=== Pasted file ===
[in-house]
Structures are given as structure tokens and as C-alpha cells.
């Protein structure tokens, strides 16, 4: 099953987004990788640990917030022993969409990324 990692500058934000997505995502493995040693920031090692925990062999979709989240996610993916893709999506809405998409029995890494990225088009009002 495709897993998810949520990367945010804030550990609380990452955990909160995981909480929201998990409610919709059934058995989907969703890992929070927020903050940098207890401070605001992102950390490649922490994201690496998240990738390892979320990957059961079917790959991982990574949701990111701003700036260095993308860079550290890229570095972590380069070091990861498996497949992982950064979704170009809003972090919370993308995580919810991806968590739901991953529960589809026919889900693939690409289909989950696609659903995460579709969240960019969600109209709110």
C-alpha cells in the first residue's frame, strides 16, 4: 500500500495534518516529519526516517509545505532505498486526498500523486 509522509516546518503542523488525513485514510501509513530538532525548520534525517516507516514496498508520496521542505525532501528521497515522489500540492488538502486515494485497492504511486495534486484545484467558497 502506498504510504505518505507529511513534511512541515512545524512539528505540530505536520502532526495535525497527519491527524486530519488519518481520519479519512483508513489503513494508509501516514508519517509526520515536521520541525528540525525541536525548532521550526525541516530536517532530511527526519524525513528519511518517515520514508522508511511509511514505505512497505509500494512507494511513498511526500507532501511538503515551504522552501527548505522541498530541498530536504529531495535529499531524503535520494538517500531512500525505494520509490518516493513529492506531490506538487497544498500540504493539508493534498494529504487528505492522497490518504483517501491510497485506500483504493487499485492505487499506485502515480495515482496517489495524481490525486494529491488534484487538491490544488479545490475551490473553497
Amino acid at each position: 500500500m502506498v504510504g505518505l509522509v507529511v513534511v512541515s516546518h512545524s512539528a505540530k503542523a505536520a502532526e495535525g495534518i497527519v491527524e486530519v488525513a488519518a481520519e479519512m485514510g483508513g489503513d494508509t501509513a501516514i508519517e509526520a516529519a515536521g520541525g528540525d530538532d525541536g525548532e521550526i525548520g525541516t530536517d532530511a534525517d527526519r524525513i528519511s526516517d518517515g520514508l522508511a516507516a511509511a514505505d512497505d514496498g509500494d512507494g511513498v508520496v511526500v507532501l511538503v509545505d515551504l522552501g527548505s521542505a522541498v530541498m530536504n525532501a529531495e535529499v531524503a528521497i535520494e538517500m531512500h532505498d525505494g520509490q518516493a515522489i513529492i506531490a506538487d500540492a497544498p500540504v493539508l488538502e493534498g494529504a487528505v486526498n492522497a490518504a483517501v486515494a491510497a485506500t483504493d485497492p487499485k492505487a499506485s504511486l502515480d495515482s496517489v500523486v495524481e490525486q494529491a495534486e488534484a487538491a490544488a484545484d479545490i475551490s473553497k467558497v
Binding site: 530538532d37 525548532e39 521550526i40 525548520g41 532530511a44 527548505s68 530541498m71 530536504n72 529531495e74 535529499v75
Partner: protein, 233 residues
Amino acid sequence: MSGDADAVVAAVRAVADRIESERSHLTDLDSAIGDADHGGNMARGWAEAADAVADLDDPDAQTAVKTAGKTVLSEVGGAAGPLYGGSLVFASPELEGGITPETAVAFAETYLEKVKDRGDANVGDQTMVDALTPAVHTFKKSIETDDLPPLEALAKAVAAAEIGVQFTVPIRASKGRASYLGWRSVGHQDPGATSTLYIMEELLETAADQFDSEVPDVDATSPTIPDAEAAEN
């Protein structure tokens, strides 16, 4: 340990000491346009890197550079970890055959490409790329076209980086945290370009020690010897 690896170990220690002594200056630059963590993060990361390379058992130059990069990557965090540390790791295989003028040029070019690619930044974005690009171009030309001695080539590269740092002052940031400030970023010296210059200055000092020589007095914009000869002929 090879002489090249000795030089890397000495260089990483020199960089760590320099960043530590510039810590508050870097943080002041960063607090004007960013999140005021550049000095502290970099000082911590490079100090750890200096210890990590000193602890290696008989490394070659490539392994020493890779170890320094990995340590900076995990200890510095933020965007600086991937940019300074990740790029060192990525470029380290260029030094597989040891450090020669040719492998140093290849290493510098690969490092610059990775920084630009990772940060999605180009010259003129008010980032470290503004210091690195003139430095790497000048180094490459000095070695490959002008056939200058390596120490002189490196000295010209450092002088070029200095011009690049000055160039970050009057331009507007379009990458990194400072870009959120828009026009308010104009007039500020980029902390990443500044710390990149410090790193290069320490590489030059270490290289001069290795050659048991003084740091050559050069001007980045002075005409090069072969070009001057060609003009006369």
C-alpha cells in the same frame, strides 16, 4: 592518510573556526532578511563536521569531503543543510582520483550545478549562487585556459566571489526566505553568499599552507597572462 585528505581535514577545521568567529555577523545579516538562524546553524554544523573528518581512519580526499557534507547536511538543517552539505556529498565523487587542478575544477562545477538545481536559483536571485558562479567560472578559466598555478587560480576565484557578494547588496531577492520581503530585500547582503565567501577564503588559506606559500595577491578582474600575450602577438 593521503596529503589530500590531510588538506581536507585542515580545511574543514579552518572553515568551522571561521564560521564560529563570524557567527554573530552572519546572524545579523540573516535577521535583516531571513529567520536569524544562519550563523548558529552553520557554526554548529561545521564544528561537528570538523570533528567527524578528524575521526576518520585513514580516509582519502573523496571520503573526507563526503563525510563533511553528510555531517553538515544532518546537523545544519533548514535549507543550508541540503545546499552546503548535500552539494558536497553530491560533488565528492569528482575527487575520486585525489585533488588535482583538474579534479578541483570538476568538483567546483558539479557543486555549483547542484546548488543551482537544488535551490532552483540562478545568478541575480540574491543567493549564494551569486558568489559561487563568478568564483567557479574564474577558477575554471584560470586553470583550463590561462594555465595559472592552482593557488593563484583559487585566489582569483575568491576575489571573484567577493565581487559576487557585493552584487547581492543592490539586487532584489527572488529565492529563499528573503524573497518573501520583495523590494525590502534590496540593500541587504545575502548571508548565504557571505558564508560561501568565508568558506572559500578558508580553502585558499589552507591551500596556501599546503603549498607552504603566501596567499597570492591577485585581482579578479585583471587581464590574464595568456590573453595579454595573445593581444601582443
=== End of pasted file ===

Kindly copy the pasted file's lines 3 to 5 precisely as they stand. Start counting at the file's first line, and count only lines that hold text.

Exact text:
């Protein structure tokens, strides 16, 4: 099953987004990788640990917030022993969409990324 990692500058934000997505995502493995040693920031090692925990062999979709989240996610993916893709999506809405998409029995890494990225088009009002 495709897993998810949520990367945010804030550990609380990452955990909160995981909480929201998990409610919709059934058995989907969703890992929070927020903050940098207890401070605001992102950390490649922490994201690496998240990738390892979320990957059961079917790959991982990574949701990111701003700036260095993308860079550290890229570095972590380069070091990861498996497949992982950064979704170009809003972090919370993308995580919810991806968590739901991953529960589809026919889900693939690409289909989950696609659903995460579709969240960019969600109209709110």
C-alpha cells in the first residue's frame, strides 16, 4: 500500500495534518516529519526516517509545505532505498486526498500523486 509522509516546518503542523488525513485514510501509513530538532525548520534525517516507516514496498508520496521542505525532501528521497515522489500540492488538502486515494485497492504511486495534486484545484467558497 502506498504510504505518505507529511513534511512541515512545524512539528505540530505536520502532526495535525497527519491527524486530519488519518481520519479519512483508513489503513494508509501516514508519517509526520515536521520541525528540525525541536525548532521550526525541516530536517532530511527526519524525513528519511518517515520514508522508511511509511514505505512497505509500494512507494511513498511526500507532501511538503515551504522552501527548505522541498530541498530536504529531495535529499531524503535520494538517500531512500525505494520509490518516493513529492506531490506538487497544498500540504493539508493534498494529504487528505492522497490518504483517501491510497485506500483504493487499485492505487499506485502515480495515482496517489495524481490525486494529491488534484487538491490544488479545490475551490473553497
Amino acid at each position: 500500500m502506498v504510504g505518505l509522509v507529511v513534511v512541515s516546518h512545524s512539528a505540530k503542523a505536520a502532526e495535525g495534518i497527519v491527524e486530519v488525513a488519518a481520519e479519512m485514510g483508513g489503513d494508509t501509513a501516514i508519517e509526520a516529519a515536521g520541525g528540525d530538532d525541536g525548532e521550526i525548520g525541516t530536517d532530511a534525517d527526519r524525513i528519511s526516517d518517515g520514508l522508511a516507516a511509511a514505505d512497505d514496498g509500494d512507494g511513498v508520496v511526500v507532501l511538503v509545505d515551504l522552501g527548505s521542505a522541498v530541498m530536504n525532501a529531495e535529499v531524503a528521497i535520494e538517500m531512500h532505498d525505494g520509490q518516493a515522489i513529492i506531490a506538487d500540492a497544498p500540504v493539508l488538502e493534498g494529504a487528505v486526498n492522497a490518504a483517501v486515494a491510497a485506500t483504493d485497492p487499485k492505487a499506485s504511486l502515480d495515482s496517489v500523486v495524481e490525486q494529491a495534486e488534484a487538491a490544488a484545484d479545490i475551490s473553497k467558497v